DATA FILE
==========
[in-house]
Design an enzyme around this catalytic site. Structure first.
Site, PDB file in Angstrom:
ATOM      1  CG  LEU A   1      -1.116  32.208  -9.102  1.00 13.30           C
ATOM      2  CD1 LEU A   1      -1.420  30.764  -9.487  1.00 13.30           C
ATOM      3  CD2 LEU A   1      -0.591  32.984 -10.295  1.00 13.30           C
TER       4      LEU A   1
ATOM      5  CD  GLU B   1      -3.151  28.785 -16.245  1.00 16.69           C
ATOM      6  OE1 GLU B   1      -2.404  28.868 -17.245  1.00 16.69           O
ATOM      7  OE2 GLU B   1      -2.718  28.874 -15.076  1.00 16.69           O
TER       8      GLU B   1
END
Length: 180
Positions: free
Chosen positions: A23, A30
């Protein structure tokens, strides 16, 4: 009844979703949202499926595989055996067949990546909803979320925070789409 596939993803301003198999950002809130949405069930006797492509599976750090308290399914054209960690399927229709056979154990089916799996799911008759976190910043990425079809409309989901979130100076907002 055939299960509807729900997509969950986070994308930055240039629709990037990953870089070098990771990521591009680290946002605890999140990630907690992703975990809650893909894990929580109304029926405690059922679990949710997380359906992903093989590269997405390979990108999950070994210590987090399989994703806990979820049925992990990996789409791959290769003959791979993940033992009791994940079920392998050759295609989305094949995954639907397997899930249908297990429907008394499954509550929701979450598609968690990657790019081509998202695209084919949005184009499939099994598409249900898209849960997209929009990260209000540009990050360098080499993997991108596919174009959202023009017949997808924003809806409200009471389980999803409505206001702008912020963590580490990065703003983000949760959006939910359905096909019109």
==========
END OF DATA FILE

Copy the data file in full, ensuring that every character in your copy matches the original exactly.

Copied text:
[in-house]
Design an enzyme around this catalytic site. Structure first.
Site, PDB file in Angstrom:
ATOM      1  CG  LEU A   1      -1.116  32.208  -9.102  1.00 13.30           C
ATOM      2  CD1 LEU A   1      -1.420  30.764  -9.487  1.00 13.30           C
ATOM      3  CD2 LEU A   1      -0.591  32.984 -10.295  1.00 13.30           C
TER       4      LEU A   1
ATOM      5  CD  GLU B   1      -3.151  28.785 -16.245  1.00 16.69           C
ATOM      6  OE1 GLU B   1      -2.404  28.868 -17.245  1.00 16.69           O
ATOM      7  OE2 GLU B   1      -2.718  28.874 -15.076  1.00 16.69           O
TER       8      GLU B   1
END
Length: 180
Positions: free
Chosen positions: A23, A30
């Protein structure tokens, strides 16, 4: 009844979703949202499926595989055996067949990546909803979320925070789409 596939993803301003198999950002809130949405069930006797492509599976750090308290399914054209960690399927229709056979154990089916799996799911008759976190910043990425079809409309989901979130100076907002 055939299960509807729900997509969950986070994308930055240039629709990037990953870089070098990771990521591009680290946002605890999140990630907690992703975990809650893909894990929580109304029926405690059922679990949710997380359906992903093989590269997405390979990108999950070994210590987090399989994703806990979820049925992990990996789409791959290769003959791979993940033992009791994940079920392998050759295609989305094949995954639907397997899930249908297990429907008394499954509550929701979450598609968690990657790019081509998202695209084919949005184009499939099994598409249900898209849960997209929009990260209000540009990050360098080499993997991108596919174009959202023009017949997808924003809806409200009471389980999803409505206001702008912020963590580490990065703003983000949760959006939910359905096909019109």